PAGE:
Trevelyan College, Durham
Motto Vera fictis libentius "Truth more readily than falsehood"
Founded 1966 Principal Prof Martyn Evans Location Elvet Hill Road Students 559 undergraduate, 30 postgraduate (2004)
Trevelyan, Trevs, or the Hexagonal Palace, is a college of Durham University - taking its name from historian George Macaulay Trevelyan, who was Chancellor of the University from 1950 to 1957.
Trevs' internal layout is highly unusual. Essentially, it is a string of hexagons (apparently designed as a modern interpretation of Durham Castle), this leads to a lot of inside rooms containing strange angles. One explanation is that the architect believed that women — for whom the college was originally designed, becoming fully mixed only in 1992 — would be intimidated by a building full of right angles and corners. Others have speculated that the building is designed to minimise privacy and make it difficult to "misbehave", as the unique layout means that almost all of the rooms have windows overlooked by other windows. Fortunately, we have evolved curtains since the 60s and this is no longer an issue. Not all of the rooms are overlooked - though some are located on what is popularly known as "The Goldfishbowl" - a circle of rooms looking over a now roofed-over courtyard (the bar) - from any one of which, it is possible to see into many of your fellows' rooms.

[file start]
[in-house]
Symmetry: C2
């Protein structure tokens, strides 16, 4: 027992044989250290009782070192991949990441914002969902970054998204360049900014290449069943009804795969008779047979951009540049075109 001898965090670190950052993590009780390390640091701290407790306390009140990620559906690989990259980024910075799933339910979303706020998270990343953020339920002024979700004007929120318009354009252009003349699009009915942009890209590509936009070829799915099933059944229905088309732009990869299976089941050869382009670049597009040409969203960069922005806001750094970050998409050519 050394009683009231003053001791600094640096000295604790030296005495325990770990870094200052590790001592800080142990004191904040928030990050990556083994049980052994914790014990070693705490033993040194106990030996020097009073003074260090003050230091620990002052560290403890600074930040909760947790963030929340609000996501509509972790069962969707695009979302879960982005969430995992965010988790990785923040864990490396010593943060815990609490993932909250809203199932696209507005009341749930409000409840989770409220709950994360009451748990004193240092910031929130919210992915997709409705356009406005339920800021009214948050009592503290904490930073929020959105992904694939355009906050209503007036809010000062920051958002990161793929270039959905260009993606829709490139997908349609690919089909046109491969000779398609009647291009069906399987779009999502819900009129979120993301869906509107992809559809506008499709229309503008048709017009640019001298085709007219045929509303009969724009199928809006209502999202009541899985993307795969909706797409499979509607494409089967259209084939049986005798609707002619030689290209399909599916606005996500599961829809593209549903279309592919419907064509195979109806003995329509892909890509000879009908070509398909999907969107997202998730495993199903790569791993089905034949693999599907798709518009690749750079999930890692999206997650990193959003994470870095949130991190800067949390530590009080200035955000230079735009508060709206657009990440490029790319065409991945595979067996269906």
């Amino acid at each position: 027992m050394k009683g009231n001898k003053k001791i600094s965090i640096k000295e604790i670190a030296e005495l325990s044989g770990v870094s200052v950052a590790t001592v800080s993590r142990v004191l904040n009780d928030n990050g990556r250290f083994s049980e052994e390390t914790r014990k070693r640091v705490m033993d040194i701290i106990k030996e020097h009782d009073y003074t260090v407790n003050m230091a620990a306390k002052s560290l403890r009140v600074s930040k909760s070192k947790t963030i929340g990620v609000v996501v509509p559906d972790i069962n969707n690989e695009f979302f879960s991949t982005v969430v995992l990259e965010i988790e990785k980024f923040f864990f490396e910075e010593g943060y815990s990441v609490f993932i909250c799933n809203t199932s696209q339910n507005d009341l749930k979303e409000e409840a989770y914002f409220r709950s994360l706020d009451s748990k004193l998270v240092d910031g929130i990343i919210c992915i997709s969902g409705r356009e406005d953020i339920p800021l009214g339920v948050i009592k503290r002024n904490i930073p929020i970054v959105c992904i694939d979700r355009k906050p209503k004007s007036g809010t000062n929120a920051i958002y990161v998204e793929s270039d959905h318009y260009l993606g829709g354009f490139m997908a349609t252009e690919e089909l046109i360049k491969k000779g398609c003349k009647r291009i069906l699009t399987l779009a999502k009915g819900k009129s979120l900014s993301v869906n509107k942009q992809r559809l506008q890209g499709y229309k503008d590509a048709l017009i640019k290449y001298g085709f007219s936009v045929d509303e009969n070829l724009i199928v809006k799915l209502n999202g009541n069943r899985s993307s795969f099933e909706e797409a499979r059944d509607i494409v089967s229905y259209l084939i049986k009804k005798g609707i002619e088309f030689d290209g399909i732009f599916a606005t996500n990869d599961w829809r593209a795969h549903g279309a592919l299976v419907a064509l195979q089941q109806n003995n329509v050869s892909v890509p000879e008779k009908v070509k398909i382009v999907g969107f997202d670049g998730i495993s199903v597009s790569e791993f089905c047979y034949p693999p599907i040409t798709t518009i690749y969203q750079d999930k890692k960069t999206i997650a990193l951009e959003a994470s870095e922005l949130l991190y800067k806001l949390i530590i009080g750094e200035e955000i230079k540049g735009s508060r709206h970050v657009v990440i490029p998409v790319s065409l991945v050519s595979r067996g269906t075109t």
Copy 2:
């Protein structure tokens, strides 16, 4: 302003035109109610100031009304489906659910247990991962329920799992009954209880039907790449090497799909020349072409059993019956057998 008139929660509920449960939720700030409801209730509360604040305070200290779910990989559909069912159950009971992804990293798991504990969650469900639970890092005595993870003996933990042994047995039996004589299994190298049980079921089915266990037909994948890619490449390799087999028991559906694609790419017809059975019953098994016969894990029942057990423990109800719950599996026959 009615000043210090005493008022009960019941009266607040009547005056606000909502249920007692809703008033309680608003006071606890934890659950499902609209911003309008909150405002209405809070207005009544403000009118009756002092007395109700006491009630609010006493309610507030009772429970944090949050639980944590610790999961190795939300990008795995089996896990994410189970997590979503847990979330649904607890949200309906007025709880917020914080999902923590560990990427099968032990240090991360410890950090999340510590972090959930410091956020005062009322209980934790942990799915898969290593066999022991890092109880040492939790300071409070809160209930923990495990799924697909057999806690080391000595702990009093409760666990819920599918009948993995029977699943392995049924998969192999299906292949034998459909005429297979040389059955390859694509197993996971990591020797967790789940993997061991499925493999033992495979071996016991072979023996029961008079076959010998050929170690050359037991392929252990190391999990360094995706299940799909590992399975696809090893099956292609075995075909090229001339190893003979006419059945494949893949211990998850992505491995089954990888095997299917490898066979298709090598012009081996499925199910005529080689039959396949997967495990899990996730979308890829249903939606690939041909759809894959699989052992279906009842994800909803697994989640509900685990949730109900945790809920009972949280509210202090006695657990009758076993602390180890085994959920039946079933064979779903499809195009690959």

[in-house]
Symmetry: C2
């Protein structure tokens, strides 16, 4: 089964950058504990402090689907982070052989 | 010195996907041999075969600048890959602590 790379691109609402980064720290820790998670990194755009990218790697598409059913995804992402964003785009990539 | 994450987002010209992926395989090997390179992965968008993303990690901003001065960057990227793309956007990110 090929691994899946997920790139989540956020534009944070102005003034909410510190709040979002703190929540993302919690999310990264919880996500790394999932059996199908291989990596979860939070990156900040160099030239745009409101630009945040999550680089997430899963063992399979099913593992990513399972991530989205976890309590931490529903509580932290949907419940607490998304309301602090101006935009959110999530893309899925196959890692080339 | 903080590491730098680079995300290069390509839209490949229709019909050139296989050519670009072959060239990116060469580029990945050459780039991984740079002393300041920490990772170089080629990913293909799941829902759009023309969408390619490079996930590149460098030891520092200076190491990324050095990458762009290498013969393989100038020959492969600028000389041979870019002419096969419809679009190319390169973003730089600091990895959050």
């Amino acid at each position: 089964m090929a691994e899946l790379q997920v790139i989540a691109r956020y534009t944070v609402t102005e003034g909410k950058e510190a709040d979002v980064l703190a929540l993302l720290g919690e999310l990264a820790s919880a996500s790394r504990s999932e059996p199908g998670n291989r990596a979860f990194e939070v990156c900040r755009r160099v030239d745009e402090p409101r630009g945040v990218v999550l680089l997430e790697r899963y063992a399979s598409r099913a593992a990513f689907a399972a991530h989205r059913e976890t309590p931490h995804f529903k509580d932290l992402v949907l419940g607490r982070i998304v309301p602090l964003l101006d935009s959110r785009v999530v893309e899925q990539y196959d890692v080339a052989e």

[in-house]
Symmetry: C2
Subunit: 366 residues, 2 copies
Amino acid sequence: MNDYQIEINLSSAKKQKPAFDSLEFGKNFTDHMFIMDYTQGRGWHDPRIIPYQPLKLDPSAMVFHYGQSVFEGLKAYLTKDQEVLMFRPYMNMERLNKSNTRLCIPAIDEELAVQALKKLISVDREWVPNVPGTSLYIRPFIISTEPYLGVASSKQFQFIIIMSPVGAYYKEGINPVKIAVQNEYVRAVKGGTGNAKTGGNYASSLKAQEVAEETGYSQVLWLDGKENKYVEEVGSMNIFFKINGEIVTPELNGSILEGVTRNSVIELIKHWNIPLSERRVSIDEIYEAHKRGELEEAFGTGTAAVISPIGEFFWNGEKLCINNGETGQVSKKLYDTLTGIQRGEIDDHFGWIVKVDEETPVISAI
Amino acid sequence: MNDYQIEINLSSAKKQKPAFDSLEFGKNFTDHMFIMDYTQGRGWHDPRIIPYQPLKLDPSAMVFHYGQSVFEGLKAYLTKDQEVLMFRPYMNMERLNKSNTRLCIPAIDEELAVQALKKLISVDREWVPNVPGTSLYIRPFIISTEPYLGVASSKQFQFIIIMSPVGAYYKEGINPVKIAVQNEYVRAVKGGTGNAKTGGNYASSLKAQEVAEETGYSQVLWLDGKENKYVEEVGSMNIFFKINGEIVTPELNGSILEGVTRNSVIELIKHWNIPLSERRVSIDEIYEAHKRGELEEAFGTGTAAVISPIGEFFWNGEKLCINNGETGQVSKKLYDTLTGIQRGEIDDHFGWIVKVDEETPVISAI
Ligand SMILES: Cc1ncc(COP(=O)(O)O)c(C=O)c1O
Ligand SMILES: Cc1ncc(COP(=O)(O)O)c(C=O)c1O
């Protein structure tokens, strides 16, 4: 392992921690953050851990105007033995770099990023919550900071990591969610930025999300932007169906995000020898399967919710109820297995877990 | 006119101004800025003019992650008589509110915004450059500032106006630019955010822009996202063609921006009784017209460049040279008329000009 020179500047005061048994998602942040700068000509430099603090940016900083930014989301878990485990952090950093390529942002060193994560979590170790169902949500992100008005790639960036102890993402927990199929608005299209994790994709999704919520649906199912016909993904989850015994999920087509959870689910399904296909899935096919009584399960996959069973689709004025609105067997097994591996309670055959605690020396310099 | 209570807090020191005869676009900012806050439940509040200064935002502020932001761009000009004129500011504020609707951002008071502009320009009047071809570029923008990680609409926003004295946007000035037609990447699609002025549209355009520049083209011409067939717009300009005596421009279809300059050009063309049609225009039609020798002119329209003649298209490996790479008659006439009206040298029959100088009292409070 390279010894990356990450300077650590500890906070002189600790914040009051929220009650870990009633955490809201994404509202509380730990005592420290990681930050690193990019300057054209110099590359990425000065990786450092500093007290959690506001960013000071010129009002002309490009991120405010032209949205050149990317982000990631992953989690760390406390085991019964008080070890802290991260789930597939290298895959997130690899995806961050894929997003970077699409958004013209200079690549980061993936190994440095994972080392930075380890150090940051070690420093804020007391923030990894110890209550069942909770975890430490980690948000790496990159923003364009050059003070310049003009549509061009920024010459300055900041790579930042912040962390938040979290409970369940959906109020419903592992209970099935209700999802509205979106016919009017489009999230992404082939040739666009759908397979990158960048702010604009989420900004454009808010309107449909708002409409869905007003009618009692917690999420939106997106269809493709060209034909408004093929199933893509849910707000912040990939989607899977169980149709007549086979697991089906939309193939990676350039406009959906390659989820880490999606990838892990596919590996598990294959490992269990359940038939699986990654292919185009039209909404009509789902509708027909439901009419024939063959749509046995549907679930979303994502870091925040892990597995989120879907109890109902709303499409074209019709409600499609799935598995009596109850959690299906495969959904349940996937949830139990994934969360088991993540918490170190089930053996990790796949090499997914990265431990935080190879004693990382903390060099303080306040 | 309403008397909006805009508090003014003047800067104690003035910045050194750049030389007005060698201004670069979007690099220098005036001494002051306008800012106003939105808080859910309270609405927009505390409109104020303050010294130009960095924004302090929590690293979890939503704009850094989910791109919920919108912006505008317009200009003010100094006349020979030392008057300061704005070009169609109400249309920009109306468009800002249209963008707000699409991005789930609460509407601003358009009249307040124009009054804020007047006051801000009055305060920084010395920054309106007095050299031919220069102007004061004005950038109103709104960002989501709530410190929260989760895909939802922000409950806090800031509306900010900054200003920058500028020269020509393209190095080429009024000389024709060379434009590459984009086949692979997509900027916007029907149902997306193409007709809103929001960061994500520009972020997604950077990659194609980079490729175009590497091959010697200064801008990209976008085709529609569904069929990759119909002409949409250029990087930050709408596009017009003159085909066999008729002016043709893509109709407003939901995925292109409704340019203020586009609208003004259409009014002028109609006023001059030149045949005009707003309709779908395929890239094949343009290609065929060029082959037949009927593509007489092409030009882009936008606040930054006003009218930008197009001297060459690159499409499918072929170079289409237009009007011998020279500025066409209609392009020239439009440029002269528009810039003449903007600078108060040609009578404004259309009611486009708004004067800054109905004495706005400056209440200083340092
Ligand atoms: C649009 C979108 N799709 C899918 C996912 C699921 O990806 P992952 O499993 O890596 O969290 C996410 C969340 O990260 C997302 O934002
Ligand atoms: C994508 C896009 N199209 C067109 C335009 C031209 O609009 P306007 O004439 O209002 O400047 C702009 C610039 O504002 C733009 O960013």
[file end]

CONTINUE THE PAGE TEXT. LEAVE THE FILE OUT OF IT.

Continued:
Other than that, the layout features rooms based around staircases, landings and courtyards. When the college became fully mixed, one of the courtyards was roofed to provide a new, much enlarged bar. The Undercroft, a relaxing seating area, links the bar with the rear of the college. The entrance hall is called the Cobbles, although said cobbles are no longer there having been removed during a modern refit.
The building, built in the 1960s, has won a Civic Design Award. More modern additions include the K-block with en-suite rooms and the Sir Jimmy Knott Hall. Approximately 320 students can be housed in the building, and around 500 are members of the college, making Trevs one of the smaller of Durham's colleges. Its shield bears the upper half of a horse swimming in water, which is reflected humorously in the title of the alumni magazine, Hippocampus.
This TSRian and Trevelyanite would like to point out that this article (while factually accurate) sounds very much like a guidebook, and is not reflective of Trevs in day-to-day life at all. I will endeavour to correct this oversight and include more detail on the college as soon as I have some more free time.
This TSRian and Trevelyanite (at least a couple of years later than the last) would also like to point out that this article appears to be written about 2004, so some facts are out of date, and this seems like a peculiar article to have when there is nothing similar for other colleges.